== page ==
Governor Carney of the Bank of England raised the topic at his Mansion House speech last week also.

As designed, Libra may substantially improve financial inclusion and dramatically lower the costs of
domestic and cross border payments.The Bank of England approaches Libra with an open mind but not an open door.

Much of that is public relations flim flam as a genuinely successful cryptocurrency would be like Kryptonite is to Superman for central banks. Not only would it challenge their monopoly over money it would further challenge the business model of “the precious” and frankly there is not much of it left as it is.

So they will be sitting in an ivory tower version of Mount Doom plotting to stop any version of their ring of power being thrown into the fire.

Comment

As we observe the situation we can learn a few lessons. For example I have seen some arguing that Bitcoin is a safe haven but that is only true on the rallies it has seen. In another form that relates to one of the functions of money which is to be a store of value. That is hard to argue if we look at the money chart below.

There are clear phases where it has destroyed value.

If we move to another function which is medium of exchange then the Libra plan offers clear hope for the future. Should Facebook push this then it could easily break new ground and get the cryptocurrency world into the ordinary persons life. Maybe it will help with it being a unit of account which is the area where most ground needs to be made.

So the outlook has brightened but there are two warning signs. Firstly the chart pattern and the bowl theory logic which suggests that the only way is not up. Next is the issue of past revolutions. For example the Victorians had a great success with railways leading to all sorts of things including proper timekeeping across the UK. But it is also true that many of the companies involved went bust.

Where next for the world of Bitcoin?

The world of Bitcoin and indeed all the other altcoins has seen quite a reversal as 2018 has progressed. The days of “free money” have gone and they have been replaced by this according to MarketWatch.

Bitcoin is breaking all sorts of records at the moment, most of them unwanted, and in a few days it will equal a milestone not matched in four years.

Not since October of 2014 has the price of bitcoin   seen four consecutive monthly declines, and a negative close for the month of November, which now seems a foregone conclusion, would match this feat having fallen every month since August, according to Dow Jones Market Data.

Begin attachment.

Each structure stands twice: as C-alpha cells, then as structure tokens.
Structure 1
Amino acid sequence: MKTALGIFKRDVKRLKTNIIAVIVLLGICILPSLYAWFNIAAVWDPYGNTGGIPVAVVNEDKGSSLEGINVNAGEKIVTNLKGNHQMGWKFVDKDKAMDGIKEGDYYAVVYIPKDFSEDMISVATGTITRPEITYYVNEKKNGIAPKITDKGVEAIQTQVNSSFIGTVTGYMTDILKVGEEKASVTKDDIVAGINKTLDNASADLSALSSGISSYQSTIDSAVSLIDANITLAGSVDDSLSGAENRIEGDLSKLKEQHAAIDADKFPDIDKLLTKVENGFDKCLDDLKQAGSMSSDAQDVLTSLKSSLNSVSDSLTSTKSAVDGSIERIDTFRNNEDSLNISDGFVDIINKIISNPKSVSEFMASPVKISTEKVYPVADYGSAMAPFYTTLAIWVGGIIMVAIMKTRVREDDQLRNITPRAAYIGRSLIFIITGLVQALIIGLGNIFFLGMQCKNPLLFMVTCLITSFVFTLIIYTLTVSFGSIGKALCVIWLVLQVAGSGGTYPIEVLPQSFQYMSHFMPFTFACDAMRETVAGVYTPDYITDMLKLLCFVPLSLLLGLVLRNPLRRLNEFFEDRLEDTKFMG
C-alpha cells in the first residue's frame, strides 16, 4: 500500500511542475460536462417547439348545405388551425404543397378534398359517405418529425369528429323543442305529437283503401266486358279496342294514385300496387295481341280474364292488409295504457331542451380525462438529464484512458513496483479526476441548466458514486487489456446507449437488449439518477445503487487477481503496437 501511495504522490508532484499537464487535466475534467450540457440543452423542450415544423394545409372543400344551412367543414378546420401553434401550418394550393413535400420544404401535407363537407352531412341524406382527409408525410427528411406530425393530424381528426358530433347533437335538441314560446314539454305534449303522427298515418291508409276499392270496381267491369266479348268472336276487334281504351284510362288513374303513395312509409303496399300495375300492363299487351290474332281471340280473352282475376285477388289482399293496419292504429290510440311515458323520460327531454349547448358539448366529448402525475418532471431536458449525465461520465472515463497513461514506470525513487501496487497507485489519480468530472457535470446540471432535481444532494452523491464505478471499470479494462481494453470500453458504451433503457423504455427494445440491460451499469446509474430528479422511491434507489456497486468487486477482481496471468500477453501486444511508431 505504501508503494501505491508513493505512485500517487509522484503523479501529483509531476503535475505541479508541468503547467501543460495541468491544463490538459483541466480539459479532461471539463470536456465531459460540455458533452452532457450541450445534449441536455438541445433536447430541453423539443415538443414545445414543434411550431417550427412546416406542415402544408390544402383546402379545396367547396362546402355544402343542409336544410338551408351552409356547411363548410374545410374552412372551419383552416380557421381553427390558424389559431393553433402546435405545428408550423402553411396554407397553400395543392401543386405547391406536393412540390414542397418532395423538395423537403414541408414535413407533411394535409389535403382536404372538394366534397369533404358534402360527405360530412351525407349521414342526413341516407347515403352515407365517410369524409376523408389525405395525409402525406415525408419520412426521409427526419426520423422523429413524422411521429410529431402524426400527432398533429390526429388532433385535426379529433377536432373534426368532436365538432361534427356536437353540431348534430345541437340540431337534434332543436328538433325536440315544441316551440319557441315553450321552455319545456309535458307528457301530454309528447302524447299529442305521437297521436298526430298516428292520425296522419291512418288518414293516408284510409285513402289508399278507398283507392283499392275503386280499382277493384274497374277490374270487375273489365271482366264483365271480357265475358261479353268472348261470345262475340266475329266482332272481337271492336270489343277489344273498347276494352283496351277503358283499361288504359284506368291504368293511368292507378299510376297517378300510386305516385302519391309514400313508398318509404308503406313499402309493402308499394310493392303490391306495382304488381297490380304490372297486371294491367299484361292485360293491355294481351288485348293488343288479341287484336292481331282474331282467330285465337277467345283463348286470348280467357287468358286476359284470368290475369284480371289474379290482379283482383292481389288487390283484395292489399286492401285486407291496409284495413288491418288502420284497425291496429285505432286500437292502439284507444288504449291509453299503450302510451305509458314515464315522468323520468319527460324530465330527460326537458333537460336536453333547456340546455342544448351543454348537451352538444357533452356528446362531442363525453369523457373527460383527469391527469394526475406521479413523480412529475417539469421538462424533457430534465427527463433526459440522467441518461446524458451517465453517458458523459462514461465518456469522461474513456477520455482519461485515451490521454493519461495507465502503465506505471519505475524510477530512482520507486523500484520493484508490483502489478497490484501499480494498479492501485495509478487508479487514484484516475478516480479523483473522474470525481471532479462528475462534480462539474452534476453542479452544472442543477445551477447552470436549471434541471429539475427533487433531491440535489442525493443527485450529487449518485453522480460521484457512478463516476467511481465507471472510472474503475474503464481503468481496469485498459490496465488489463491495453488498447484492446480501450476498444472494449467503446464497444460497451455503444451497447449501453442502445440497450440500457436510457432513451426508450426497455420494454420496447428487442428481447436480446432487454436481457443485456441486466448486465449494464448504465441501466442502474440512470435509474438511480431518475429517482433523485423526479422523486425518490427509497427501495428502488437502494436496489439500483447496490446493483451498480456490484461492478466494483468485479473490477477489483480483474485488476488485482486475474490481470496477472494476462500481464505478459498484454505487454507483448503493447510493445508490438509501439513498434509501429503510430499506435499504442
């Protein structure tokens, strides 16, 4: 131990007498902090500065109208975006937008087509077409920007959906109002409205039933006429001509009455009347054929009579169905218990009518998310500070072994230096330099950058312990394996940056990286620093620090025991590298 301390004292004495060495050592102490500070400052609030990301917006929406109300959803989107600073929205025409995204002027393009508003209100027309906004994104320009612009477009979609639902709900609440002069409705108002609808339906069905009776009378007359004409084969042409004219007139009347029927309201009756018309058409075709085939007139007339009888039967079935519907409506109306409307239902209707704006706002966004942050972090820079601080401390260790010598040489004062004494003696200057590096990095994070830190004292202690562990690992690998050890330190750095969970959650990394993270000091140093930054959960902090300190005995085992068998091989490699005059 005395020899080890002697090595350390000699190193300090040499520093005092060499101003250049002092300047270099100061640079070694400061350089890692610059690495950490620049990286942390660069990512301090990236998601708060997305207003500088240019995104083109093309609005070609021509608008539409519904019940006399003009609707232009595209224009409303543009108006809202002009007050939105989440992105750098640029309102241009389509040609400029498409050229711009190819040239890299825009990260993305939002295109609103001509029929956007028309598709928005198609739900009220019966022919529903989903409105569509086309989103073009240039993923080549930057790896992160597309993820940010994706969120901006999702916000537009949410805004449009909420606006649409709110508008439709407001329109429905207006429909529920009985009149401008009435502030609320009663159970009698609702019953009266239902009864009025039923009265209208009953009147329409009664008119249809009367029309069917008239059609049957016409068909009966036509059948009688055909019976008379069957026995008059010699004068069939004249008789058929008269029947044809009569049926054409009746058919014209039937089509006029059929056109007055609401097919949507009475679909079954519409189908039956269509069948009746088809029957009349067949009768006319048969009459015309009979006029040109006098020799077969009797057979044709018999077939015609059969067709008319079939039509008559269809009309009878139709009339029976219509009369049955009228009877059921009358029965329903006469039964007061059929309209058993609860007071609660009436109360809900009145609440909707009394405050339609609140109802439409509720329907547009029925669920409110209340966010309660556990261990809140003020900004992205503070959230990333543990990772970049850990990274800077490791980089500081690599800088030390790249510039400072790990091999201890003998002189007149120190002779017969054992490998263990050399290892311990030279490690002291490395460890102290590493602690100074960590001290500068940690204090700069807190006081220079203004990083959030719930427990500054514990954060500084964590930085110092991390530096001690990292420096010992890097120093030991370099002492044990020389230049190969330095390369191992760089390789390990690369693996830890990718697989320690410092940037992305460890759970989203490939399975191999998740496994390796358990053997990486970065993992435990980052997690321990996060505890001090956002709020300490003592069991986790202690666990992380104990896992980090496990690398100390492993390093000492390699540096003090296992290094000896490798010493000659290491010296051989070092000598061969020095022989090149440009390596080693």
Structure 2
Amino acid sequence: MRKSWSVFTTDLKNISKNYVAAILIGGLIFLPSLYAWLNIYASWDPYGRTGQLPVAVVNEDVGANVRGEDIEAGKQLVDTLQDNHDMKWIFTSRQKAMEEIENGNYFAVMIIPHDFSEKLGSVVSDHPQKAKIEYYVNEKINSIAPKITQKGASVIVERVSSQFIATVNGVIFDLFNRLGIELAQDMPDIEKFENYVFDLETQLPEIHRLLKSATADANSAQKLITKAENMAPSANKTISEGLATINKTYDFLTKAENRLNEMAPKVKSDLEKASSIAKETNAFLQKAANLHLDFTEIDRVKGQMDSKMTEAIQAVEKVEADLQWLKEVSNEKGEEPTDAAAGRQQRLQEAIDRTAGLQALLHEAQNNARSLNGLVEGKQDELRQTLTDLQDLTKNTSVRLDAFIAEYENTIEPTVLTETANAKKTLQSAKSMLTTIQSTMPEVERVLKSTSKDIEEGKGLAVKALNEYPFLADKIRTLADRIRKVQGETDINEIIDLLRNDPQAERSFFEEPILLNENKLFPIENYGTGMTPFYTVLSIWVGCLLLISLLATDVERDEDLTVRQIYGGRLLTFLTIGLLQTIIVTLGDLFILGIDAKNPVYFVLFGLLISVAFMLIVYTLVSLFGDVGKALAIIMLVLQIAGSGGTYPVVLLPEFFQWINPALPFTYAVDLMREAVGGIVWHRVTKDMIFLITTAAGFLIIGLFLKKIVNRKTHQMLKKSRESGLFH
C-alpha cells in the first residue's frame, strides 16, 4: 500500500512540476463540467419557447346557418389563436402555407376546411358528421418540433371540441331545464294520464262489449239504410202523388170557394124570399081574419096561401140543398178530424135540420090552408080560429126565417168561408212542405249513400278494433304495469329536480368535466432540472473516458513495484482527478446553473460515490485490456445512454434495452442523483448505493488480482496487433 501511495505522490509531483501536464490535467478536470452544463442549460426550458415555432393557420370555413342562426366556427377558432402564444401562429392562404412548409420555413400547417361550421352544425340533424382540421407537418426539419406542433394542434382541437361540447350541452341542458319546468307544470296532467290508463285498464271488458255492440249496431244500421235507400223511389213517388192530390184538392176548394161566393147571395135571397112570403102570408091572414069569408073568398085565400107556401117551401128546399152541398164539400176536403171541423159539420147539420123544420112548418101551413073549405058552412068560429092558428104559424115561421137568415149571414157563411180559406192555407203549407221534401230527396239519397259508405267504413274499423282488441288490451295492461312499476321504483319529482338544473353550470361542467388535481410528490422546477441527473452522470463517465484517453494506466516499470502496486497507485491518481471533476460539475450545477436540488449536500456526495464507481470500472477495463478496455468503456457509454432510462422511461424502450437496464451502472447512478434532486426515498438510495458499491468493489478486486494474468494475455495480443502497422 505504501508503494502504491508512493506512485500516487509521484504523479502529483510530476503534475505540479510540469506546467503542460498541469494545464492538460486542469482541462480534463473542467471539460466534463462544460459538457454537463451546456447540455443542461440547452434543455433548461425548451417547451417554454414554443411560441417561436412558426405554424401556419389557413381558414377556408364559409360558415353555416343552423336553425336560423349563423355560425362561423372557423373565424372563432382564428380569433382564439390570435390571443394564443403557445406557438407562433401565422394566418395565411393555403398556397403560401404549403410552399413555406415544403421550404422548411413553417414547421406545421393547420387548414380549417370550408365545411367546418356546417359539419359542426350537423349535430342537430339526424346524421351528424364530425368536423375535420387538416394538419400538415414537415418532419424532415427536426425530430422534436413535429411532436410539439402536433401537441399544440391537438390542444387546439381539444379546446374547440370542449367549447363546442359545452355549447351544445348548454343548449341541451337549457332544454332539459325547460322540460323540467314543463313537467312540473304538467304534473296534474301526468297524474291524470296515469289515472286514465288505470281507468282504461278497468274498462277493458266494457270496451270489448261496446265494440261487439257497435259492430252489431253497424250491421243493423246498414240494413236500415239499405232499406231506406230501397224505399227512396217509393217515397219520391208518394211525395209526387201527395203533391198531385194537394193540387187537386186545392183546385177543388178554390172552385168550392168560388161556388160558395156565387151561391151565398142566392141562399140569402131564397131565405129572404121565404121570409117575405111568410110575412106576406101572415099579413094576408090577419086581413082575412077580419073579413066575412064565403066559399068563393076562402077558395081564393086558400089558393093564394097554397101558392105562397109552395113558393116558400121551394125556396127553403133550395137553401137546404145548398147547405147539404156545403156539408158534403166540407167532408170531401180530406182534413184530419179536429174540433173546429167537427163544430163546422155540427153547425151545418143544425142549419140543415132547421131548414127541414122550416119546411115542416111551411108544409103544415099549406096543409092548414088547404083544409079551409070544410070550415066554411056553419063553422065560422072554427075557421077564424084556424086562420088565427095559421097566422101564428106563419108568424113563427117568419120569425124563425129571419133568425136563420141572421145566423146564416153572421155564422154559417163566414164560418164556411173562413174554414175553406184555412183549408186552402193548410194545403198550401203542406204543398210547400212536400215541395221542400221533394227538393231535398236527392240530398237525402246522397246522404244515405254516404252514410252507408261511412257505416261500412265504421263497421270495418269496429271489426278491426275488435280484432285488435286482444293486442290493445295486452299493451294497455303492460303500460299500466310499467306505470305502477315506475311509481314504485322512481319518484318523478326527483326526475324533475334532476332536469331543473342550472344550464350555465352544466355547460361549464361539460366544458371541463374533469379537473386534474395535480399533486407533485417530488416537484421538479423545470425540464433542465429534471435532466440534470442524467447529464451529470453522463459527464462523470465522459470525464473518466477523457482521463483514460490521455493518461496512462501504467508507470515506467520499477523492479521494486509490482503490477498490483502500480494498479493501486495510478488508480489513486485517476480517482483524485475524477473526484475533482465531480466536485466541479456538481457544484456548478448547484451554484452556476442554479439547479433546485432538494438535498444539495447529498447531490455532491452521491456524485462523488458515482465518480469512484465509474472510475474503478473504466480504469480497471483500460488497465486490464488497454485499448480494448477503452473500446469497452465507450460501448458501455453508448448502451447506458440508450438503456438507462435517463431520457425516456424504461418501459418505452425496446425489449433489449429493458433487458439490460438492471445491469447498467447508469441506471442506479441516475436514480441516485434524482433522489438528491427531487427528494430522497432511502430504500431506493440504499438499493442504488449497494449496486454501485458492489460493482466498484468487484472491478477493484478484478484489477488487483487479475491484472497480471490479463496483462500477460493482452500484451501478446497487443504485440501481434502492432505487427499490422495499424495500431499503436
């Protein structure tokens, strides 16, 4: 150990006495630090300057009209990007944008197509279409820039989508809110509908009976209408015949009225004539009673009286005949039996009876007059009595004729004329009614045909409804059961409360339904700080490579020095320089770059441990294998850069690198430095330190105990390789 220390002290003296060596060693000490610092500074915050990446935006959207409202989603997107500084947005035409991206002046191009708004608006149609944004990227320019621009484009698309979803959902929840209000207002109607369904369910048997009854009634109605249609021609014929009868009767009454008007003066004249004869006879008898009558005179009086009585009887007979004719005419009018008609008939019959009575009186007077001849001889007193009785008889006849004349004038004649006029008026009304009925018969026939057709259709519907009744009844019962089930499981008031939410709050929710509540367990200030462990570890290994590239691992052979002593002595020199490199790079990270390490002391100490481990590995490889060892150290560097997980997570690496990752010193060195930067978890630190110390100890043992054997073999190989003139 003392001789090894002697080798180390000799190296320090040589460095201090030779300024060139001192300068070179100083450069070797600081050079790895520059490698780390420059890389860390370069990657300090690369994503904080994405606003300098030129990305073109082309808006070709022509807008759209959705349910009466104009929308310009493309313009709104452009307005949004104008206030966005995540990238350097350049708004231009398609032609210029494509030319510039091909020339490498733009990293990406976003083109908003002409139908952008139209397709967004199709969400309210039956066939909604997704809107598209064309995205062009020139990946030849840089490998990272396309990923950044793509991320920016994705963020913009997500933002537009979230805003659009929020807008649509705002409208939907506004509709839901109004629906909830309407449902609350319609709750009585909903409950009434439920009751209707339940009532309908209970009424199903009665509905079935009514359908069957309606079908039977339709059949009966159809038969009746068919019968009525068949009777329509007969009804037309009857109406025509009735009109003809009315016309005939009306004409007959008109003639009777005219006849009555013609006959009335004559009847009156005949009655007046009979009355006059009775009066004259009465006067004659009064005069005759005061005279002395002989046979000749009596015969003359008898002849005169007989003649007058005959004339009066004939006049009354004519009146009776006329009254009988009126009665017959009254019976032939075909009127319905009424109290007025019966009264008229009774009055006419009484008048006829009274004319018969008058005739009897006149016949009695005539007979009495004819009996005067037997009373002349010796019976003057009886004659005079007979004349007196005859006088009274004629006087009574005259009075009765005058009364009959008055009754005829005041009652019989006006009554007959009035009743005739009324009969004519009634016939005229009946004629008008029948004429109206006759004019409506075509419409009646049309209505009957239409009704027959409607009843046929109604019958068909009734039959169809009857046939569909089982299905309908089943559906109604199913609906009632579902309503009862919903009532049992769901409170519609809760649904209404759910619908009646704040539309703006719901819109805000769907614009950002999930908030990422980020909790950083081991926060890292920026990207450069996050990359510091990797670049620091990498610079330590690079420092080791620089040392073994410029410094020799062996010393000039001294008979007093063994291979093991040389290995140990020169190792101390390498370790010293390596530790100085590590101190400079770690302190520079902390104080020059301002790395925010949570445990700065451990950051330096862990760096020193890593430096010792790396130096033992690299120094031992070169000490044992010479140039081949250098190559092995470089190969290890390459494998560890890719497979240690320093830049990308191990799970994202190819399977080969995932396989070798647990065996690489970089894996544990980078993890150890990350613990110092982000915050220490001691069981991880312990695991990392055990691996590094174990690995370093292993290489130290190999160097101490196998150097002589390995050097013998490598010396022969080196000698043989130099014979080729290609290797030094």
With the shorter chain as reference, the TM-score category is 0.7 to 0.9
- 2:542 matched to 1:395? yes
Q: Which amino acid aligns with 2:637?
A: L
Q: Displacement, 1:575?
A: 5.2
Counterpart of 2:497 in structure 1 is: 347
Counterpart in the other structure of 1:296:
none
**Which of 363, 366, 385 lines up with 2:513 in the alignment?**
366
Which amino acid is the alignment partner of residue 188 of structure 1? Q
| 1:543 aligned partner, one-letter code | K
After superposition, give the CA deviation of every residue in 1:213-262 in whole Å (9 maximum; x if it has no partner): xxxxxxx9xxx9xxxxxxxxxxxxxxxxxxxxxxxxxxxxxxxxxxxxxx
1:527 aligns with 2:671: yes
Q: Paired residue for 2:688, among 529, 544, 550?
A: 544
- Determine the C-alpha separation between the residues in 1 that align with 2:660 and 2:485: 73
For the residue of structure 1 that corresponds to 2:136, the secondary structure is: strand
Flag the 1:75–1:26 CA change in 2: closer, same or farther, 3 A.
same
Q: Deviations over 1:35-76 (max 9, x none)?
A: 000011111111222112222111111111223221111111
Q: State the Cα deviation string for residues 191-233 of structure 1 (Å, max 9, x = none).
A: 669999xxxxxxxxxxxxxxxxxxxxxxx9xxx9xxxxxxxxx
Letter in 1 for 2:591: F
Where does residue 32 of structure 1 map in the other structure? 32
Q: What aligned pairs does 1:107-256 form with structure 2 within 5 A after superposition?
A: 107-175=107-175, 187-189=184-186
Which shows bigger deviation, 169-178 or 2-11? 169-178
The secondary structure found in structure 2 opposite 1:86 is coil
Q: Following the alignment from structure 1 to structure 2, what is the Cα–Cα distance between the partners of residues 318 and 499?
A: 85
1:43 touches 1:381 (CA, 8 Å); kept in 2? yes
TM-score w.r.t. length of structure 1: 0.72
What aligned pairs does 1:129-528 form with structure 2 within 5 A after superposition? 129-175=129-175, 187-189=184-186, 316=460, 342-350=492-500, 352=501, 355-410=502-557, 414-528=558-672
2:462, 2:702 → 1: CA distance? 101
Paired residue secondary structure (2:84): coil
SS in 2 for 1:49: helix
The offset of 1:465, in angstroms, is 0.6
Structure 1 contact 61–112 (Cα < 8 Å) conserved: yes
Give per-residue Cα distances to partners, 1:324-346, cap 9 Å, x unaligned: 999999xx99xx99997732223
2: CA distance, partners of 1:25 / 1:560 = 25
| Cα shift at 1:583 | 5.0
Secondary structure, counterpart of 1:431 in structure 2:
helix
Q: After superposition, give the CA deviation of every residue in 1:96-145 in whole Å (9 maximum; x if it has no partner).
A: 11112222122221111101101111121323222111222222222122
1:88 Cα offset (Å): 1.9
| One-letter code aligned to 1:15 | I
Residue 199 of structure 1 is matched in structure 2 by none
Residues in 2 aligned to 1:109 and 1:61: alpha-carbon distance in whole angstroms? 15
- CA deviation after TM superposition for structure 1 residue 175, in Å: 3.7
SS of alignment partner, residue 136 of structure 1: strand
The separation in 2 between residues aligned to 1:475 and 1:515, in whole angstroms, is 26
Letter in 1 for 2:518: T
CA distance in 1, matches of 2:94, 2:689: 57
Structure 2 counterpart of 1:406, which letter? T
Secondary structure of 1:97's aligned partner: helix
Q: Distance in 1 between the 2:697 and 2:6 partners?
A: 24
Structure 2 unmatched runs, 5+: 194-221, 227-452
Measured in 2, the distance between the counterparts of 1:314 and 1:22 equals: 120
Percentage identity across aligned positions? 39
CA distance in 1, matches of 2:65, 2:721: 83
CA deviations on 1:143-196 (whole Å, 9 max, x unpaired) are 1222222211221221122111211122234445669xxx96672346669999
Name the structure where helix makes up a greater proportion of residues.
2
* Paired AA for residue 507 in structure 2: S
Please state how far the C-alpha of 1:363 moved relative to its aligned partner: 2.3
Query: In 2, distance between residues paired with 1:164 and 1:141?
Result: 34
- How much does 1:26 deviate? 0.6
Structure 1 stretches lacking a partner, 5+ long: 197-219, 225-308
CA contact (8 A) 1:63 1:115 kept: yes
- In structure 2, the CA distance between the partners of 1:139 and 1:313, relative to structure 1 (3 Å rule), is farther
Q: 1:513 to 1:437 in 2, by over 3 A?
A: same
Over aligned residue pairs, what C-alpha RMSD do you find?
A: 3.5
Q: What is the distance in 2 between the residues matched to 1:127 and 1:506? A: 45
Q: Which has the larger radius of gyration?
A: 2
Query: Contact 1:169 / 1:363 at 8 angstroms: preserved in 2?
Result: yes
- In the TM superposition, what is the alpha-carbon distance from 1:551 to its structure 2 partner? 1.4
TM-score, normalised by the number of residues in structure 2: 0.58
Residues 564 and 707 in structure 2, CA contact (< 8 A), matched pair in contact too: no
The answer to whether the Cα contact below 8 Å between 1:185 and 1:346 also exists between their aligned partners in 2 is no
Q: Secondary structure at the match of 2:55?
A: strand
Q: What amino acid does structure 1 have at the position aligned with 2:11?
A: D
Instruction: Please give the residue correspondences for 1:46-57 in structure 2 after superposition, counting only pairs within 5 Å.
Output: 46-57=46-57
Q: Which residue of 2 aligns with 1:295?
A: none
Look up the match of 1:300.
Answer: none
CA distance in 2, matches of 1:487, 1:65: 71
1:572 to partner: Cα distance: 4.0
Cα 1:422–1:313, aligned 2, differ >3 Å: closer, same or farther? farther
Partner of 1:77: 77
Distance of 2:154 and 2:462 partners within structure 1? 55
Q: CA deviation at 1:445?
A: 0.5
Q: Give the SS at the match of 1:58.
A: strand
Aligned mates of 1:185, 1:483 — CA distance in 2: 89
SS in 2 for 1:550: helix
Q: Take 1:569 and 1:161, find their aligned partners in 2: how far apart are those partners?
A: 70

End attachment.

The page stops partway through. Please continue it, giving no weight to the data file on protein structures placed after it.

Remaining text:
So a clear change although in the fast moving world of Bitcoin it is still over ten times higher than it was back then. If anything the fall seems to be picking up the pace.

After opening November above $6,500, bitcoin is down more than 40%, and since the four-month streak began on Aug. 1, the value of the world’s most famous digital currency has more than halved.

As I type this the Bitcoin price is at US $3763.7 which is down some US $282 or a bit under 7%. I note that just to add to the confusion there is also now a Bitcoin Cash. This was created by a fork out of Bitcoin.

Bitcoin cash was one of the marvels of the bitcoin bubble. It is a fork from bitcoin. A fork of a cryptocurrency takes place when someone, anyone declares that a blockchain is going to be transferred to a new set of rules and network infrastructure. ( Forbes)

It did lead to what was free money for a while.

When the fork came out, bitcoin did not fall and bitcoin cash went through the roof rising from the low hundreds to shoot quickly above $1,000. It was free money for bitcoin holders who could get their hands on their bitcoin cash by navigating the technical issues, which were mighty. ( Forbes)

But the gains were short-lived.

The central bankers revenge

From a central banking point of view the altcoin world is a disaster as they have no power to set interest-rates and no control over the total amount of it. Even worse it bypasses “the previous” and in the bull market days saw very heavy disinflation as the price of goods and services became much cheaper. At the limit it would make them be an anachronism and then irrelevant.